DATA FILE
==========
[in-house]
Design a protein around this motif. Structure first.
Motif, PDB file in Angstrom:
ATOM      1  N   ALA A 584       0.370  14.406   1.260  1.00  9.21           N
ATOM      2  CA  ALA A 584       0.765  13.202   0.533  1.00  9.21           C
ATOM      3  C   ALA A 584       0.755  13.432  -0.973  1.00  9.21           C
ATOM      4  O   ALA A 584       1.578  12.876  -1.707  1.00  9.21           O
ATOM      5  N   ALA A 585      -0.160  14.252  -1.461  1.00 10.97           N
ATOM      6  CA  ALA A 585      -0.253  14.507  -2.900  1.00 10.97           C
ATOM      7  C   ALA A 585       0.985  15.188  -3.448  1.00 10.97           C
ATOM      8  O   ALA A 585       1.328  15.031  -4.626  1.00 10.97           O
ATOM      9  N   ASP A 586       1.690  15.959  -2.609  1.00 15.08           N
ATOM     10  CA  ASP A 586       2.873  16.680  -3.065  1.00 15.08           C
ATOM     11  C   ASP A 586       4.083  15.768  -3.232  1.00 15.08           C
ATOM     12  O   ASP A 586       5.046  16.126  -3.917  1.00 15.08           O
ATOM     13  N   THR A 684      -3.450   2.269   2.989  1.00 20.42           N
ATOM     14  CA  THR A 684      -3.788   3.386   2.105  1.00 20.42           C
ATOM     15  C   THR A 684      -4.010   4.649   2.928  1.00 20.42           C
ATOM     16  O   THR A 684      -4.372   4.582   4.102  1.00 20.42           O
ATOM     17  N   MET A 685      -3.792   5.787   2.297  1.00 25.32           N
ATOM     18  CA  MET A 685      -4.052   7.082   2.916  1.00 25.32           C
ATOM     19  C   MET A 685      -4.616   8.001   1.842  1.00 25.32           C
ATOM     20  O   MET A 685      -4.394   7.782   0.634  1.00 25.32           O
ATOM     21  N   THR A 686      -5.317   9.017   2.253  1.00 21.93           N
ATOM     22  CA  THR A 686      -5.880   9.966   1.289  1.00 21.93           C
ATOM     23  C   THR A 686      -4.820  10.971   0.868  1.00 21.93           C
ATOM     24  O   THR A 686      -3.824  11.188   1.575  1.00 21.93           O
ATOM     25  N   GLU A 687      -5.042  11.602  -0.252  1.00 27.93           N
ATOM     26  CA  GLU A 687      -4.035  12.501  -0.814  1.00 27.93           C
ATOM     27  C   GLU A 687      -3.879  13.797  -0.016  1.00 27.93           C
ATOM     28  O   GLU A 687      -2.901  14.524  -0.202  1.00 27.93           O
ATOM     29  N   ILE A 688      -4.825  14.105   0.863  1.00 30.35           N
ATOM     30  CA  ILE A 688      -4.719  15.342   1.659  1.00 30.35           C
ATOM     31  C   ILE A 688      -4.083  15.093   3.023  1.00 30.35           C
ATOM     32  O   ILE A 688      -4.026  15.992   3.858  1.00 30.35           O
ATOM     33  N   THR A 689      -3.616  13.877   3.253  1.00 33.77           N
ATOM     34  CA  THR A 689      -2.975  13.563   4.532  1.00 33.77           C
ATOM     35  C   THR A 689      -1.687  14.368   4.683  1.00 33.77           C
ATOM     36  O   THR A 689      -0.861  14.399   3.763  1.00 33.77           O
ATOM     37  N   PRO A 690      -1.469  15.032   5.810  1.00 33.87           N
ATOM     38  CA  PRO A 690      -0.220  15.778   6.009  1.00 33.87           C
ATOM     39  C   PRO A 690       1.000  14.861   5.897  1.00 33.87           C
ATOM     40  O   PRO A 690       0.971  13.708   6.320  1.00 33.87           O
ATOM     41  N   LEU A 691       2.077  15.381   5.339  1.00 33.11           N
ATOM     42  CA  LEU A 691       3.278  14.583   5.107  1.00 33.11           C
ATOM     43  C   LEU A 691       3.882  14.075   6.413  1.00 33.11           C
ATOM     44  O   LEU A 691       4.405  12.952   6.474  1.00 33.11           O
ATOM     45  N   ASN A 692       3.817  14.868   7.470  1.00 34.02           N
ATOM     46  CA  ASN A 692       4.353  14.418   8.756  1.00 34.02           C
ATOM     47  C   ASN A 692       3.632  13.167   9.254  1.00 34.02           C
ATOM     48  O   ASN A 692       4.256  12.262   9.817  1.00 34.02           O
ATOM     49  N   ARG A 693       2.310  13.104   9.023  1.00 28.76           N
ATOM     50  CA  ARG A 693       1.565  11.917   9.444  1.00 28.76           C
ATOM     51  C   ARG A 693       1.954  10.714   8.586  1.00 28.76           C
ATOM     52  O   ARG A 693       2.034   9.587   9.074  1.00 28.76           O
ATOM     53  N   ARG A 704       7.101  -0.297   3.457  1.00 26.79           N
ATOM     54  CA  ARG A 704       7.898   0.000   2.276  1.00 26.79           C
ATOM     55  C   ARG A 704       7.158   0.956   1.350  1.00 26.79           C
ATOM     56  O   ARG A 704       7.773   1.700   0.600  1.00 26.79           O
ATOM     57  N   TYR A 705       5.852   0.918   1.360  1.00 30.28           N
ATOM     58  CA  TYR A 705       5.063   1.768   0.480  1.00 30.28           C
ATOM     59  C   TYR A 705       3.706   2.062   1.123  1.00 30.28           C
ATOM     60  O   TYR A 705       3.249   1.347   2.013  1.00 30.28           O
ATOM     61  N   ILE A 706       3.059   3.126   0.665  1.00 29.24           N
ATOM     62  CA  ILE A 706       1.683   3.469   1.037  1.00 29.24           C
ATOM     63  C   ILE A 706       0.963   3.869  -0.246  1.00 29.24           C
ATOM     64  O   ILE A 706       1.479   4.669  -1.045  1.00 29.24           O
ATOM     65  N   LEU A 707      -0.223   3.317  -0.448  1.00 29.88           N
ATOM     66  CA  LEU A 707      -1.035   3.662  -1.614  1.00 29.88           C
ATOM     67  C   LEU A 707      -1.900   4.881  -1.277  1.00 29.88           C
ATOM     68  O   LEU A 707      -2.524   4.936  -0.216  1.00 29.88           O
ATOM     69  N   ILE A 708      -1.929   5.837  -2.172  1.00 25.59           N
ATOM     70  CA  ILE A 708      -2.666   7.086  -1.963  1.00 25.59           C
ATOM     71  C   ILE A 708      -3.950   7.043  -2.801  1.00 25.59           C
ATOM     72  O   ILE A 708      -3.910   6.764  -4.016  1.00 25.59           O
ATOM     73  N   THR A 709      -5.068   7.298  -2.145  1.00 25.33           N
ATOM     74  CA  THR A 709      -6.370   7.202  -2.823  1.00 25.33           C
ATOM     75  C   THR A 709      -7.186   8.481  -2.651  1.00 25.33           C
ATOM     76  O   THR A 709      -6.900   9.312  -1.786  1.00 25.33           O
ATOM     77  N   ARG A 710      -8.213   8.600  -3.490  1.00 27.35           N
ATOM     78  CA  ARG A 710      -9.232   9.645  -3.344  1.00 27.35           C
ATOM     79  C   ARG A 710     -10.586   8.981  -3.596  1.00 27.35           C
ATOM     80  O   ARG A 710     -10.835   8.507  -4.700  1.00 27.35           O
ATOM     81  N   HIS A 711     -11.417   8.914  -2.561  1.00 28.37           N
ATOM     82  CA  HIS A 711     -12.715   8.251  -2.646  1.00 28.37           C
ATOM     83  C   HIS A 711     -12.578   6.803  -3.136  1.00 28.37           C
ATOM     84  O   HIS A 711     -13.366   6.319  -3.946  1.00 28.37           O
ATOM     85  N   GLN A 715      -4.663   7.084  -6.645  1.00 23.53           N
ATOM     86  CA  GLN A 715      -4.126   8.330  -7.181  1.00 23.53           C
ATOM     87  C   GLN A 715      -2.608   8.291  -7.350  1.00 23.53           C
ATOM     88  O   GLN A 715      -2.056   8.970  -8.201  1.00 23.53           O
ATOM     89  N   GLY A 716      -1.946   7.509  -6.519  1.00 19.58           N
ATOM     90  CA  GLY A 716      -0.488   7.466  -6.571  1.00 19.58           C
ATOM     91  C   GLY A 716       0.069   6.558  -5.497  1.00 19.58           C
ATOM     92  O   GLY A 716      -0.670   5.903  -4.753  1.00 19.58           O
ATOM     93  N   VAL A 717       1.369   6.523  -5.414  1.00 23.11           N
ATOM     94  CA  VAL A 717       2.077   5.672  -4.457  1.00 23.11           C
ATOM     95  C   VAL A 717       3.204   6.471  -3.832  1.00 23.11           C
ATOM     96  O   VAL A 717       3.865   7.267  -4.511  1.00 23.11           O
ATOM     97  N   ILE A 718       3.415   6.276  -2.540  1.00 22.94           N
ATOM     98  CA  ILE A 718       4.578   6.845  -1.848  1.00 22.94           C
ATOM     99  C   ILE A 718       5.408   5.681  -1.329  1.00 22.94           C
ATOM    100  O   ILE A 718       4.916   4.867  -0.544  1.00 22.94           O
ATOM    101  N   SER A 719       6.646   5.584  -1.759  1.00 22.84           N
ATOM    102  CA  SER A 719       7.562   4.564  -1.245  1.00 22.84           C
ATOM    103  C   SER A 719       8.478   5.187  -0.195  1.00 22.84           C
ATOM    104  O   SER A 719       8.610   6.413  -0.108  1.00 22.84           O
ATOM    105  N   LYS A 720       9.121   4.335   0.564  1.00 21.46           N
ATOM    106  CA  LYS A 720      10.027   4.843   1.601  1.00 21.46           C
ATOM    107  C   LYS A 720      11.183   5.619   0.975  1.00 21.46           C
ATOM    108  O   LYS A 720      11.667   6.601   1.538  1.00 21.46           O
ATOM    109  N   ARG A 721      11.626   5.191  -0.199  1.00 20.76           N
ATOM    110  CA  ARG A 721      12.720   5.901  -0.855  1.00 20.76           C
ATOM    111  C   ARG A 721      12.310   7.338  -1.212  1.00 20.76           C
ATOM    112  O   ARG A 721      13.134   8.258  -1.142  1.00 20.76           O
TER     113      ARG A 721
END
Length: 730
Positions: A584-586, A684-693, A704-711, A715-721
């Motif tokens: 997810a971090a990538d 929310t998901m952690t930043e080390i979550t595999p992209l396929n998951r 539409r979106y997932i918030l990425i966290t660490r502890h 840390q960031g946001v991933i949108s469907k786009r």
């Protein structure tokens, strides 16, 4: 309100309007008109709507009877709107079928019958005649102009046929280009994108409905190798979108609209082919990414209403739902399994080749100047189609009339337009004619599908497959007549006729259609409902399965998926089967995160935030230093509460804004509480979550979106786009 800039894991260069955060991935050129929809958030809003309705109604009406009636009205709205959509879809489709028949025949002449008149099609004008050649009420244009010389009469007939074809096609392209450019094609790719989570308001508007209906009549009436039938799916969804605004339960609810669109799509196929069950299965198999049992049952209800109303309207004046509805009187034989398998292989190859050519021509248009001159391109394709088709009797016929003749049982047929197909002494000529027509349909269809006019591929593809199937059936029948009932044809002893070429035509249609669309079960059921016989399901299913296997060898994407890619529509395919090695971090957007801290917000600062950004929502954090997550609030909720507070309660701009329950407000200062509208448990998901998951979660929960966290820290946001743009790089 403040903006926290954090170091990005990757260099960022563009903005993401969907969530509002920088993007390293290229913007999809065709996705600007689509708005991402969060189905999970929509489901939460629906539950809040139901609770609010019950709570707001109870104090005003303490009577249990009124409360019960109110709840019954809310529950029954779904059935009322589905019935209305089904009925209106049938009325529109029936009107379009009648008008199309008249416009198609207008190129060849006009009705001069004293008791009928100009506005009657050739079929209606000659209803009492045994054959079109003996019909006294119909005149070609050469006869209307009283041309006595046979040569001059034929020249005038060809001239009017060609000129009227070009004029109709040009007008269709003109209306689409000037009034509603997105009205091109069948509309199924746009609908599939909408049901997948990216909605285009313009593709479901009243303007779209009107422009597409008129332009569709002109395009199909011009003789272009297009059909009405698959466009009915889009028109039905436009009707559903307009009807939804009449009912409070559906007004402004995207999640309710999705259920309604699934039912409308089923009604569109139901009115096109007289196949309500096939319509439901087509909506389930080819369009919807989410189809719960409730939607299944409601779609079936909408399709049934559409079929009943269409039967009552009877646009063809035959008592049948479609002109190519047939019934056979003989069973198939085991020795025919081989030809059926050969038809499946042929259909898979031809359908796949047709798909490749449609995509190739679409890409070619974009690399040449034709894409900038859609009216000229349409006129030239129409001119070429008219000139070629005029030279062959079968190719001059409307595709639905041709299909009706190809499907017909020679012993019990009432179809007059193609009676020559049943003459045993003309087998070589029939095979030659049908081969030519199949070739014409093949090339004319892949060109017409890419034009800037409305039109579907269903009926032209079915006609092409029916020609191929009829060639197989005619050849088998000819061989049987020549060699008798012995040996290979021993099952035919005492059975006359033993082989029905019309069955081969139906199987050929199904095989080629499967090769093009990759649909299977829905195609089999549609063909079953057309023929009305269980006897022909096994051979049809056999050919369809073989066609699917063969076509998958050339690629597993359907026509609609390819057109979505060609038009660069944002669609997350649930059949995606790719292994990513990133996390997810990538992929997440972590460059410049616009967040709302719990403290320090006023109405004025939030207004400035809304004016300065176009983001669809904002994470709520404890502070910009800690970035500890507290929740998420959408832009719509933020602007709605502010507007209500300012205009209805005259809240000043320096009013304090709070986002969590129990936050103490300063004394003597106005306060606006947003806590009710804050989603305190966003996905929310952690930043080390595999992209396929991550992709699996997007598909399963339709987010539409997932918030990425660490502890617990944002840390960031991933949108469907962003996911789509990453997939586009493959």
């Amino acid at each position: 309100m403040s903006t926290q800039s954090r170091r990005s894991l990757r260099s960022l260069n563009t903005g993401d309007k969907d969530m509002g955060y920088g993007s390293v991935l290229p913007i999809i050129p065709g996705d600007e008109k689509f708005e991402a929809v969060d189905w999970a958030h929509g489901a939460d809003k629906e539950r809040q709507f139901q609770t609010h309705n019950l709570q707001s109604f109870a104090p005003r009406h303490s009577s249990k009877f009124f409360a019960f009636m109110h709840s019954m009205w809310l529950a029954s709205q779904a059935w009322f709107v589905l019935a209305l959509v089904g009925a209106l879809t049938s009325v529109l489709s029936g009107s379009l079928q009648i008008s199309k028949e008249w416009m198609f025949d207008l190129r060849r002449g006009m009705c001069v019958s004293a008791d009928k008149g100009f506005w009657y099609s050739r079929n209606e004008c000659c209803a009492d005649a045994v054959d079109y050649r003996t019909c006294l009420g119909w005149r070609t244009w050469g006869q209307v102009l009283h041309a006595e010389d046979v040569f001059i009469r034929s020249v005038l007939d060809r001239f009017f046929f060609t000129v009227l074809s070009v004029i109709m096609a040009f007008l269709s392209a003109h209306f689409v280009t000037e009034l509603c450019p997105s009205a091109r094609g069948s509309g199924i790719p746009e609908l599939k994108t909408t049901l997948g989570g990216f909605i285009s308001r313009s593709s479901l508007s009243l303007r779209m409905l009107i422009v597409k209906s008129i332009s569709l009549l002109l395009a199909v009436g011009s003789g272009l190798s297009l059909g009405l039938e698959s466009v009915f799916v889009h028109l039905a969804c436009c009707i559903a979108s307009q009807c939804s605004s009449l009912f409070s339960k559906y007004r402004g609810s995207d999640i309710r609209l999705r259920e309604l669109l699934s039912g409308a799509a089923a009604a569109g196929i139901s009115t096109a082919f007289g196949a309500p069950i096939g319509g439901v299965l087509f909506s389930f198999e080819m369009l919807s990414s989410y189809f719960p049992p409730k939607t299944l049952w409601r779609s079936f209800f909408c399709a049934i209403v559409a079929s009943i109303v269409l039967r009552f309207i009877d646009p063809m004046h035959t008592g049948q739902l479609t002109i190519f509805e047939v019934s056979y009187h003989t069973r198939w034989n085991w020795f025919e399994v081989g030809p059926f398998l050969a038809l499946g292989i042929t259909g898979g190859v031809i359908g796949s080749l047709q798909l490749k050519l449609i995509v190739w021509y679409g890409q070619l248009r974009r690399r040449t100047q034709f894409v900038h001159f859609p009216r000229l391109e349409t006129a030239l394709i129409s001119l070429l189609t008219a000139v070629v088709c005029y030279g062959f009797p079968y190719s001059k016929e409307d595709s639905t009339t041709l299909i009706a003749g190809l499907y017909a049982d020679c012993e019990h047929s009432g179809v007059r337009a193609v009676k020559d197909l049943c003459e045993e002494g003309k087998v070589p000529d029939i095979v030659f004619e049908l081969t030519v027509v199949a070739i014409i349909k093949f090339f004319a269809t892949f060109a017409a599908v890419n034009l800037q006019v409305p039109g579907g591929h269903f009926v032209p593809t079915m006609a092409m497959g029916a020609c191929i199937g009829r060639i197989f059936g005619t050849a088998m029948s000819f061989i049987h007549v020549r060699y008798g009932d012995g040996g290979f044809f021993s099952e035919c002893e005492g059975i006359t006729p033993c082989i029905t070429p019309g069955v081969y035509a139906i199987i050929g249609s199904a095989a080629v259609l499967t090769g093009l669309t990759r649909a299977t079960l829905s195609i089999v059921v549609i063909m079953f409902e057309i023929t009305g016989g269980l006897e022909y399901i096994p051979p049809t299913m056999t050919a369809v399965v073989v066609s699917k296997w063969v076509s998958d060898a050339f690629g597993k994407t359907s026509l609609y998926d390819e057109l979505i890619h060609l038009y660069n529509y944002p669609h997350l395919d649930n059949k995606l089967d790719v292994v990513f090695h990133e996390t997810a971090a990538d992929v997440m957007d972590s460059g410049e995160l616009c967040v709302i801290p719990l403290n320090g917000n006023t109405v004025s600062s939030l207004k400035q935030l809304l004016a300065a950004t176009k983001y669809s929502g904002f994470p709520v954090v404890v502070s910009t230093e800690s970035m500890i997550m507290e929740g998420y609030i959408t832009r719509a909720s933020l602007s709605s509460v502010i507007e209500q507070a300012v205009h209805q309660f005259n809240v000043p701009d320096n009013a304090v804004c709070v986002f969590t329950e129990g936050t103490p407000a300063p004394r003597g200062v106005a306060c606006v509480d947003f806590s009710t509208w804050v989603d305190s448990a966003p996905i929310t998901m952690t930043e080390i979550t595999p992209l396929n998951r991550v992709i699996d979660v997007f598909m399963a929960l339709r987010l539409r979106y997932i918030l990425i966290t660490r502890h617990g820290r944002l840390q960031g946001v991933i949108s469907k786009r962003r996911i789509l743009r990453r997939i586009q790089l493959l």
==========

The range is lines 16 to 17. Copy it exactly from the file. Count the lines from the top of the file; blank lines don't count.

ATOM     13  N   THR A 684      -3.450   2.269   2.989  1.00 20.42           N
ATOM     14  CA  THR A 684      -3.788   3.386   2.105  1.00 20.42           C